As much as I hate to move away from Cleopatra – this is supposed to be about women in history – she doesn’t exist without Rome. And there’s another looming civil war coming up that she plays a key part in, so I’m taking a quick detour to talk about it.
The thing to remember is that Rome has been in the middle of a civil war for the last 100 years. Various generals took over, resigned or declined and were beaten. The Senate would rise back up and try to assert power, only to have yet another big man come along to take control of everything. Or try to.
Earlier in our story, Julius Caesar was fighting Pompey for control over Rome; Caesar won and was assassinated a few years later. Octavian is his grand-nephew and heir; Mark Antony was his second in command and thought he should have been Caesar’s heir.
They have different skill sets: Antony is the consummate athlete, soldier, and big man in Rome. He’s got a good name, and that accounts for a surprisingly large amount around 45 BCE. But he doesn’t necessarily know what needs to be done in order to take over. Octavian, on the other hand, is incredibly skilled politically – he knows what needs to be done, but he’s not really a soldier. He’s a pretty good propagandist, though. And he’s got Agrippa – friend extraordinaire who will be his general.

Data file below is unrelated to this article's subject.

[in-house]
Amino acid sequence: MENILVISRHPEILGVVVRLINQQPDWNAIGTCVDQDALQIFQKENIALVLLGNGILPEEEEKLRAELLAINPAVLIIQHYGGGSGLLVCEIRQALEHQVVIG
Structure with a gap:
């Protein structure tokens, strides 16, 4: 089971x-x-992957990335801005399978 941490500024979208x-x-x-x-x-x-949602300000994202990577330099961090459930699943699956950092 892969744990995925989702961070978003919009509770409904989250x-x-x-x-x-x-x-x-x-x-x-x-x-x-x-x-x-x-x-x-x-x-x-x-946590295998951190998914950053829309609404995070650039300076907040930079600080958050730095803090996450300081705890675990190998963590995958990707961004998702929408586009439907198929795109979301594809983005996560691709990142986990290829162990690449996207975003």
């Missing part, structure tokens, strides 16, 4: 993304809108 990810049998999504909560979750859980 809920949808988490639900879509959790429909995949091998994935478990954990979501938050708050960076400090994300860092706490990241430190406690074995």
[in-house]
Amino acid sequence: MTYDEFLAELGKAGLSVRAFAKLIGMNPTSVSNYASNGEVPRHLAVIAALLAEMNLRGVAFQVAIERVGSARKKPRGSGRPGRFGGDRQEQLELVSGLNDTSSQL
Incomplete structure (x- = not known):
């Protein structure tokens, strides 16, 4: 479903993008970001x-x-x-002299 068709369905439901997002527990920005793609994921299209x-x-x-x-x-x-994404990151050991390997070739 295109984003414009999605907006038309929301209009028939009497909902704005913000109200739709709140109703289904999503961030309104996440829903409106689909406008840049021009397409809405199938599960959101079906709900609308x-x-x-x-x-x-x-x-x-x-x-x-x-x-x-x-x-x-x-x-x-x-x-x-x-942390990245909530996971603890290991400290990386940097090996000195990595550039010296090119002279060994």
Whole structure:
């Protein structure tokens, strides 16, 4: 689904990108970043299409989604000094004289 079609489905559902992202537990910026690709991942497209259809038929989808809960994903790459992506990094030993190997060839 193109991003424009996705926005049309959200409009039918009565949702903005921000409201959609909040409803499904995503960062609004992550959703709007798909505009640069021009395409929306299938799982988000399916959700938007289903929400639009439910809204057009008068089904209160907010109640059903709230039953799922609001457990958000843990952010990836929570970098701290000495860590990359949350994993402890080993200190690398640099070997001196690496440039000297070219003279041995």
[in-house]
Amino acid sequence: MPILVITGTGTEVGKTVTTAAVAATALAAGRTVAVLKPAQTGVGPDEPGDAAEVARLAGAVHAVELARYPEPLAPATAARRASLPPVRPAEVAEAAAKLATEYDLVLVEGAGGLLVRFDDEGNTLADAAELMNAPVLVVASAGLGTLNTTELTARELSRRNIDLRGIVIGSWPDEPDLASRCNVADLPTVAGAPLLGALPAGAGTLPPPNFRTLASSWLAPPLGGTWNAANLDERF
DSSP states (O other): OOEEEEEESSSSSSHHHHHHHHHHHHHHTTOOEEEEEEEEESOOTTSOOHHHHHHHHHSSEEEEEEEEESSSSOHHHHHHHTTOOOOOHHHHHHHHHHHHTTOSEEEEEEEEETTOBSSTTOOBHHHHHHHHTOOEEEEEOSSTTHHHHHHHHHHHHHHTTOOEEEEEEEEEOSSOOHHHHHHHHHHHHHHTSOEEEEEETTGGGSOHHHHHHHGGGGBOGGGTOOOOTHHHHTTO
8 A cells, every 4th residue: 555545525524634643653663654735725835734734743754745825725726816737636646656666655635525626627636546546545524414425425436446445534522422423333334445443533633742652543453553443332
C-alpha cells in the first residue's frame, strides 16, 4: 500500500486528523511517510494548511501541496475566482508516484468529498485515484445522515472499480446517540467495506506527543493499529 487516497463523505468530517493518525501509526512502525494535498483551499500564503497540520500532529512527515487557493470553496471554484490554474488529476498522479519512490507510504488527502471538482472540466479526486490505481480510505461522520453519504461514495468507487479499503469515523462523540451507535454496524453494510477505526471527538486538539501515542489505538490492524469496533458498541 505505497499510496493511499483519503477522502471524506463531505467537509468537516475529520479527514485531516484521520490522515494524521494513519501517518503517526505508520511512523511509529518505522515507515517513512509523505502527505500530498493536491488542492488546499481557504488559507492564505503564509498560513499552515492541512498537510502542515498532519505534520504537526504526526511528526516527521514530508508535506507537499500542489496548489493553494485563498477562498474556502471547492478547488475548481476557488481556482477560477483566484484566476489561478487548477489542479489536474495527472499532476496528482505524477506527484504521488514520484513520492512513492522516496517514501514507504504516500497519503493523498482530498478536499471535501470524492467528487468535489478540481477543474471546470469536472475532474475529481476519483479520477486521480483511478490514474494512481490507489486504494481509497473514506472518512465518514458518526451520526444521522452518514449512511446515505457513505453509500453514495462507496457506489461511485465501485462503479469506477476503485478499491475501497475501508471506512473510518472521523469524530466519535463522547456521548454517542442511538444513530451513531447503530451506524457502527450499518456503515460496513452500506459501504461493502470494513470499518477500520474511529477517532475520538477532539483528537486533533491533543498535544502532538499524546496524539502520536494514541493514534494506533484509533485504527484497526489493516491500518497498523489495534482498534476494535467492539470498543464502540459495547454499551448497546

So for now, the key things to know are:
- Octavian and Antony are banding together, at the moment, to defeat Julius Caesar’s assassins.
- They eventually, along with a guy named Lepidus, form a triumvirate to rule Rome – like three kings sharing power.
- This only holds for so long, until one of them must win. That’s how it works.
Cleopatra has left Rome in the wake of Caesar’s assassination and is likely ably ruling Egypt while this all shakes out. Remember, she’s only in power because Rome likes her. She needs to watch what’s going on, to figure out who to latch onto in order to stay on as Pharaoh.
So keep an eye out. The game is afoot!